STEM success charges up local students mentors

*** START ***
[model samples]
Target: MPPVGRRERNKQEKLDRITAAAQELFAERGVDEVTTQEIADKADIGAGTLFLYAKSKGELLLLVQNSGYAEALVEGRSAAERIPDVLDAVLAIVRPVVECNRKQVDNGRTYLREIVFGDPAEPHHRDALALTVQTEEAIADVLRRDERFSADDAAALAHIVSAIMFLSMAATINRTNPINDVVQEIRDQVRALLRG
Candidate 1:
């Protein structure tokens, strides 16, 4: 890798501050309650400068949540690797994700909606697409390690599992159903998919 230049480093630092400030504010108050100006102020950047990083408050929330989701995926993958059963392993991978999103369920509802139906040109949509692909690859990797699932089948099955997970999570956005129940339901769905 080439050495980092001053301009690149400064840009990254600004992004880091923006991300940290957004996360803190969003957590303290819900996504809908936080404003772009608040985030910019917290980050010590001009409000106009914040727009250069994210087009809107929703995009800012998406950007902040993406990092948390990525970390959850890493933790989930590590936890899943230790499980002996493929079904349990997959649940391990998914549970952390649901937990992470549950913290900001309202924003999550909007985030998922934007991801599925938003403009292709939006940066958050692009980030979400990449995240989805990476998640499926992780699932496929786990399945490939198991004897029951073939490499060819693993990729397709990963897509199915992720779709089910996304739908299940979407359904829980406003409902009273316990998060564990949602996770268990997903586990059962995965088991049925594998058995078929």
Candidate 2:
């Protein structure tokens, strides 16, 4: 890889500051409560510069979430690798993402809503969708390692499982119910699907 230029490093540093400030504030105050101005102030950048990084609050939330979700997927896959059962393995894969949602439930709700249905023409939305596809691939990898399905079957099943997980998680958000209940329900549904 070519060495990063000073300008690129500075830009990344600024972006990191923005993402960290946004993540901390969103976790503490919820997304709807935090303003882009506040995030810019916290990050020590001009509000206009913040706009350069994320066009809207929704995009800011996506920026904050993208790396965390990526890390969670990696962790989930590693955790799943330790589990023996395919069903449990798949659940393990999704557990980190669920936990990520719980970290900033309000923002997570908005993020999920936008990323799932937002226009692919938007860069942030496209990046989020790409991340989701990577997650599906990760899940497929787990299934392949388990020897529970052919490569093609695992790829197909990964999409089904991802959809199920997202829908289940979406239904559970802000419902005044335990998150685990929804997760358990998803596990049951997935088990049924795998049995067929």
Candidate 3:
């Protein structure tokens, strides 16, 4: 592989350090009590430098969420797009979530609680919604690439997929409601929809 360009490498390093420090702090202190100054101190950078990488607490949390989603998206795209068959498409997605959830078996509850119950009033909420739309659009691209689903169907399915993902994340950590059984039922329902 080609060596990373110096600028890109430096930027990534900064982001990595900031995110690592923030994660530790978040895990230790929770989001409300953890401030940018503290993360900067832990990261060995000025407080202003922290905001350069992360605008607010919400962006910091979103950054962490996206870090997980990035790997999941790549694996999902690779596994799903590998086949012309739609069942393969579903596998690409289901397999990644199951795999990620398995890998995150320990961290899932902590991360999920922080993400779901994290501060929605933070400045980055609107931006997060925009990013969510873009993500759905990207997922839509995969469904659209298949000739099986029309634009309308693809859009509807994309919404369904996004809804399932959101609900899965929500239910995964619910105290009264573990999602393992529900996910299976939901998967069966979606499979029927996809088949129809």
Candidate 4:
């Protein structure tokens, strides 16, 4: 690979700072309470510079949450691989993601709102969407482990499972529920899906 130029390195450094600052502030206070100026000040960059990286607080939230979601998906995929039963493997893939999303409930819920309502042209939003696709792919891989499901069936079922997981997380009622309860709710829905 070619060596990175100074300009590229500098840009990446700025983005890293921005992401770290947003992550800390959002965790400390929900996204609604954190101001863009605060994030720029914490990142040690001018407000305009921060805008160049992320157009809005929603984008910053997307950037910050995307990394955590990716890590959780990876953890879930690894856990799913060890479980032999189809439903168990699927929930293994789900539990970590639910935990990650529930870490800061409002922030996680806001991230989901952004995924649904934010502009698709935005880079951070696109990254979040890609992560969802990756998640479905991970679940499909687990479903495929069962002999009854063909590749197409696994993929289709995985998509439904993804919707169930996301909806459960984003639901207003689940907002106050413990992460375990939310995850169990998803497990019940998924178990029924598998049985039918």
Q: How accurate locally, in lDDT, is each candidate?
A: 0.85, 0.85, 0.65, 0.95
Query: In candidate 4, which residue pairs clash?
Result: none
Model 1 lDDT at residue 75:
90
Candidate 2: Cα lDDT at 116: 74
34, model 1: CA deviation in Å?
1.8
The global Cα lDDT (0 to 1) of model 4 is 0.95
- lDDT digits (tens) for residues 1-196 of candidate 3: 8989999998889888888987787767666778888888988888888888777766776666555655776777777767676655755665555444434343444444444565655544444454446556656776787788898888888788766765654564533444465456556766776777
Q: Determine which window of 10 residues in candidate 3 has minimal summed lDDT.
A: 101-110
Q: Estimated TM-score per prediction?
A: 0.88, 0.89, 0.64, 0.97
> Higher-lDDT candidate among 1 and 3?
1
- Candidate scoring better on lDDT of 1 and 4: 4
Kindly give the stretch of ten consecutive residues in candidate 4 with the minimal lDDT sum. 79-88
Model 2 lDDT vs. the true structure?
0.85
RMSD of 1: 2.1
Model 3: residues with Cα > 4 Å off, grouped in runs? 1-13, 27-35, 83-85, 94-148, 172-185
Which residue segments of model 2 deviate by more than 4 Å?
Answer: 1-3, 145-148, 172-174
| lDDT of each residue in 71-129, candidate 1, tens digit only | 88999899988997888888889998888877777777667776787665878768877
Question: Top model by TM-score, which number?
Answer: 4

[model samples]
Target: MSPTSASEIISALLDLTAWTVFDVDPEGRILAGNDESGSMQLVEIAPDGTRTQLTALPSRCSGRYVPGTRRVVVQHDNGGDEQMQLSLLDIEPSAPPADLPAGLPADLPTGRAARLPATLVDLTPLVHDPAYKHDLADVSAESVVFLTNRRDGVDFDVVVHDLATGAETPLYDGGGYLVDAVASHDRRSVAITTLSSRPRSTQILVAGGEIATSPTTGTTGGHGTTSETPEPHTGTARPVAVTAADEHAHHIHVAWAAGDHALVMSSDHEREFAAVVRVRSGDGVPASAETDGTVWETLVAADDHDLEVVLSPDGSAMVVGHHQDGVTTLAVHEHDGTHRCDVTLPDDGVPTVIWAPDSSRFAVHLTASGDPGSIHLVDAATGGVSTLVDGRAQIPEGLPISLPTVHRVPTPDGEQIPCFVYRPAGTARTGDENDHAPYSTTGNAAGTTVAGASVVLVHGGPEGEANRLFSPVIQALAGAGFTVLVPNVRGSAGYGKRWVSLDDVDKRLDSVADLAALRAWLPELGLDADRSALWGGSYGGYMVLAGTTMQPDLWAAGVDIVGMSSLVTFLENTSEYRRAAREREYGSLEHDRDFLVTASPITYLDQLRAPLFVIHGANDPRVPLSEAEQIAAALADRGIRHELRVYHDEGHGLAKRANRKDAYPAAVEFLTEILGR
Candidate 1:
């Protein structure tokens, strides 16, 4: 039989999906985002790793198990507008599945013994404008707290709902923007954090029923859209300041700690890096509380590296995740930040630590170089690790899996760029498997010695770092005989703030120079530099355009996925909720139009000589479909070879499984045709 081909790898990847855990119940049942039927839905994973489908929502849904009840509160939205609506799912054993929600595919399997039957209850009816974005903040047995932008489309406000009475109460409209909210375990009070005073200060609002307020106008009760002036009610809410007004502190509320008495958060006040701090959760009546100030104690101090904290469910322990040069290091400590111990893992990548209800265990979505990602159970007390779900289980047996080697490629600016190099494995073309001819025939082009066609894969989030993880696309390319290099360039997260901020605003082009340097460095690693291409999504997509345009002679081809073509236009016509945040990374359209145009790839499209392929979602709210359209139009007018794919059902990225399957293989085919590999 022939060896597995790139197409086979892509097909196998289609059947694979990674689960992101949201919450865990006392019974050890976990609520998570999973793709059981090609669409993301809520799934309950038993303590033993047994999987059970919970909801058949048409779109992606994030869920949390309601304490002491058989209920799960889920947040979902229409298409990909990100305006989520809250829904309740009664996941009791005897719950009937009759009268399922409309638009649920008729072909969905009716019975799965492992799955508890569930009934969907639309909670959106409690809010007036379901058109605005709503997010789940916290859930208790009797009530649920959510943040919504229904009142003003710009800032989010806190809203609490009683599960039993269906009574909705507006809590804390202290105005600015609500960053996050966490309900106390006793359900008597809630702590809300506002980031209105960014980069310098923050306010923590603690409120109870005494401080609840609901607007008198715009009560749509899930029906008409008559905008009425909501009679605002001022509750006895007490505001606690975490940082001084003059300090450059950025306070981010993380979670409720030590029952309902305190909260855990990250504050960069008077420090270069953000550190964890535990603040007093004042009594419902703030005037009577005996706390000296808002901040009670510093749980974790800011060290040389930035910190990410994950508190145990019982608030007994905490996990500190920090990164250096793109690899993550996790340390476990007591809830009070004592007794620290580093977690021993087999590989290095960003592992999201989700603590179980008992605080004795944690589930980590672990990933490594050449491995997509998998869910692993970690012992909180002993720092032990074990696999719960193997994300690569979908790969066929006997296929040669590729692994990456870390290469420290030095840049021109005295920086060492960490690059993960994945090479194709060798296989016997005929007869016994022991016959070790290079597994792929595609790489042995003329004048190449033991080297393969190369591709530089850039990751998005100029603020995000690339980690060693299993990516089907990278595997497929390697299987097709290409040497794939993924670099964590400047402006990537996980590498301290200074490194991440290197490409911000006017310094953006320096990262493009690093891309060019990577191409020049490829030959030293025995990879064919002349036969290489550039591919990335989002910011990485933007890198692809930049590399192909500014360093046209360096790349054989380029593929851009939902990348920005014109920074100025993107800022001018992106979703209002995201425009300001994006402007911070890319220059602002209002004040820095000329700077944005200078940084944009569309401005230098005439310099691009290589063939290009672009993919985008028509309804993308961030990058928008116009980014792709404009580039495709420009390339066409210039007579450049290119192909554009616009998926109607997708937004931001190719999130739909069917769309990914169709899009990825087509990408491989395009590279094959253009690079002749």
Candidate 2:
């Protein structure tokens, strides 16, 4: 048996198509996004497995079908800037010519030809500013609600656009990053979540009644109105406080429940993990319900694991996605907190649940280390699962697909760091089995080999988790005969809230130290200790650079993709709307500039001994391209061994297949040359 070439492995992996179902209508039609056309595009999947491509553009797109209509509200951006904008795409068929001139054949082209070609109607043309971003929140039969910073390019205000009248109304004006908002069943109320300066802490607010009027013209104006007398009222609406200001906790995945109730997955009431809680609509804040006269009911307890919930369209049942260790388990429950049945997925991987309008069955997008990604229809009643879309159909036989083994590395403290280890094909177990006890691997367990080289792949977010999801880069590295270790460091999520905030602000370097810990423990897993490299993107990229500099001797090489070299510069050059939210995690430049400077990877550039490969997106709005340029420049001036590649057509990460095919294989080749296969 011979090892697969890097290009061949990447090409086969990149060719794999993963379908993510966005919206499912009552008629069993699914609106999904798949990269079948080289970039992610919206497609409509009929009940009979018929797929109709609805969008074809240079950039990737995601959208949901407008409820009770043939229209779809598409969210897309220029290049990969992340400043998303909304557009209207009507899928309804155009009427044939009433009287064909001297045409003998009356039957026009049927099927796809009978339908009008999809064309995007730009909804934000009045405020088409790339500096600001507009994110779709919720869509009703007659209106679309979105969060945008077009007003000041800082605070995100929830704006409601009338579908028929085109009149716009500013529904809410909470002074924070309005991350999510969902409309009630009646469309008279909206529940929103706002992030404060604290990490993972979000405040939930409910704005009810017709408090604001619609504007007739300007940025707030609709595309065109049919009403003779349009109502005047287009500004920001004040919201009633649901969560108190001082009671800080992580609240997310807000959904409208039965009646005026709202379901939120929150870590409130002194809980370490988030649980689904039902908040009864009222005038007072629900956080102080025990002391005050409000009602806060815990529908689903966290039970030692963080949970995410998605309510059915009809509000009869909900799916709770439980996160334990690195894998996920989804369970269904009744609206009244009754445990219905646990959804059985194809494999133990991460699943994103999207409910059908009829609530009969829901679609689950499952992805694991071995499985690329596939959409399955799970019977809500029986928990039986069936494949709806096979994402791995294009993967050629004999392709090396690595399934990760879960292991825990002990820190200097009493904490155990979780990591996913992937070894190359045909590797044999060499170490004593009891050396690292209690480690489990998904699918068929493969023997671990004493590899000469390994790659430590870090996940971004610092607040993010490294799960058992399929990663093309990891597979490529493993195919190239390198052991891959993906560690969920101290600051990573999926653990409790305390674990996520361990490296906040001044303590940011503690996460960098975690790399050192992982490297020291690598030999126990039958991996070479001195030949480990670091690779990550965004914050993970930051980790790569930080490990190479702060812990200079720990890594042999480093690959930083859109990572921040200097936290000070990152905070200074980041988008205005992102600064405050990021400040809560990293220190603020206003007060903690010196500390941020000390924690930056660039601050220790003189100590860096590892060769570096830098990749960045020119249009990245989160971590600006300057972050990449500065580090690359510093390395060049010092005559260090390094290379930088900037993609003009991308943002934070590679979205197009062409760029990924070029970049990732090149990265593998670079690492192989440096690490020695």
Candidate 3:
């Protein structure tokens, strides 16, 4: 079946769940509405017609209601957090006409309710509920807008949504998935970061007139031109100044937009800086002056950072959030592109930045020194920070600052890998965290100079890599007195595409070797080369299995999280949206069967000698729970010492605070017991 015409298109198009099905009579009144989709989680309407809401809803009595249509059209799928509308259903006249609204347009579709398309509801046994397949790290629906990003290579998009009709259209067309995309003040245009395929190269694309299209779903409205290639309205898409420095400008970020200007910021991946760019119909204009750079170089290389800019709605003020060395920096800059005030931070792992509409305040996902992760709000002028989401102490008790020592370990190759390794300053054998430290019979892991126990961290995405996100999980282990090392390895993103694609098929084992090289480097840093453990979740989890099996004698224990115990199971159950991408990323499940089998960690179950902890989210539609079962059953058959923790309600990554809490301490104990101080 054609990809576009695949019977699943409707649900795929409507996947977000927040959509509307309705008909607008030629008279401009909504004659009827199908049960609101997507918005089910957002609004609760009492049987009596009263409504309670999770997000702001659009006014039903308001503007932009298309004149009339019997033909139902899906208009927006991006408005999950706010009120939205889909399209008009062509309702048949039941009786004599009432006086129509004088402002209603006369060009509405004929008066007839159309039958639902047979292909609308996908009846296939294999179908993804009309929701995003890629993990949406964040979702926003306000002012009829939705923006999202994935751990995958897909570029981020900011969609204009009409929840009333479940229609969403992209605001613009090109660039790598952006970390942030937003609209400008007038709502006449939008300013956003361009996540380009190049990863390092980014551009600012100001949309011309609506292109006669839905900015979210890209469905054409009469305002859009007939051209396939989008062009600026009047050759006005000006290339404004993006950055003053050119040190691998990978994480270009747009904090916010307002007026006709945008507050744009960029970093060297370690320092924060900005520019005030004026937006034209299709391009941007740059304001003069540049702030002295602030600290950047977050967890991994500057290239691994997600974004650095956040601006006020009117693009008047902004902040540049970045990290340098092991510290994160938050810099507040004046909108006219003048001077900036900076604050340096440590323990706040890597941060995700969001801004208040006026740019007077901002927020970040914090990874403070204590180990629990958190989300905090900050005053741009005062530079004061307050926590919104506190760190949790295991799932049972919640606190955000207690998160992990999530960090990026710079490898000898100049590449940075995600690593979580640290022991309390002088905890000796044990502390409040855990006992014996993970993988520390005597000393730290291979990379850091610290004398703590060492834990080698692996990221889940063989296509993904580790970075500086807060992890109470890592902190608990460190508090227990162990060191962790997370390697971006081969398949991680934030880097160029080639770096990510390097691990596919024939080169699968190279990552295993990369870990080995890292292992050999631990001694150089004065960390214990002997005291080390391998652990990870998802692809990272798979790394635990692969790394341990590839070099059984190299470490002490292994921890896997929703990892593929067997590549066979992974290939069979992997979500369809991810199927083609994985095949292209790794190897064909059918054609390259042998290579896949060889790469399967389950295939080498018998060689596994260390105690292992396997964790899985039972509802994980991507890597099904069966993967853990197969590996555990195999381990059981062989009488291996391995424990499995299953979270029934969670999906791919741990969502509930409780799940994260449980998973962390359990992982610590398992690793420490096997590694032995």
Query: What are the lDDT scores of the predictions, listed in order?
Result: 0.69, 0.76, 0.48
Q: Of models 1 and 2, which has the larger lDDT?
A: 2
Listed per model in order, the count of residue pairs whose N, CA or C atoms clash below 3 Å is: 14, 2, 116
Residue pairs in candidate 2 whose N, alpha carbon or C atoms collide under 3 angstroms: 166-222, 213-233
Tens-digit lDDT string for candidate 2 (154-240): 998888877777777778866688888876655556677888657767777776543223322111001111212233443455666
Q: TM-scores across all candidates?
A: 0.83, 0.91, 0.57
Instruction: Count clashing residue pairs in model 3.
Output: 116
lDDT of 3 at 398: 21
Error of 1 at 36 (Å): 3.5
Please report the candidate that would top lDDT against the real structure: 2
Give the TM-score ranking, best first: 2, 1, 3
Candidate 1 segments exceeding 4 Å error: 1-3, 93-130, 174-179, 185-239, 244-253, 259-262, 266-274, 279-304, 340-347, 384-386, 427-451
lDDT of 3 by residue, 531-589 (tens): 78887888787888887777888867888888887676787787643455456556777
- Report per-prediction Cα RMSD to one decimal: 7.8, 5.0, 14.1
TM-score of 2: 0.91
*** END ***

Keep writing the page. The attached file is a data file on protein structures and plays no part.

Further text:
first_imgMentors can play a significant role in education by helping many more students succeed in challenging courses and also by supporting teachers. Southwest Washington’s efforts connecting students with professionals in science, technology, engineering and math — collectively known as STEM — were celebrated Thursday night inside an nLight Corp. warehouse packed with educators, students and professionals volunteering as mentors.The STEM mentoring nonprofit organization called nConnect was founded in 2005 by Scott Keeney, chief executive officer of nLIGHT, a leading manufacturer of semiconductor lasers.“My whole life has changed,” said Reem Sabha, a Mountain View High School junior who is being mentored by an nConnect volunteer in her Advanced Placement calculus class. “I love calculus now, and I want to be an engineer.”Sen. Patty Murray was there Thursday night, lauding the program’s success.“We have an education deficit in this country,” Murray said. “Investing in STEM programs is absolutely critical for our future.”In 2005, Murray attended the nConnect kickoff event at the nLight warehouse. In its pilot program year of 2005-2006, there were seven physicist-mentors from nLight, seven high school physics teachers, 36 students and one intern. In contrast, in 2011-2012, there are 232 mentors, 144 mentor businesses, 100 internships and a total of 1,650 students participating in nConnect’s programs. All students — not just the privileged — should have the opportunity to succeed in these rigorous courses. More rigorous courses are needed in high school if U.S. students are to be competitive in the global economy. 2005-06 pilot year:o mentors: 7o mentor businesses: 1o student internships: 1o students: 362011-12 year:o mentors: 232o mentor businesses: 144o student internships: 100o students: 1,650www.nconnectnw.orgCore beliefs:last_img read more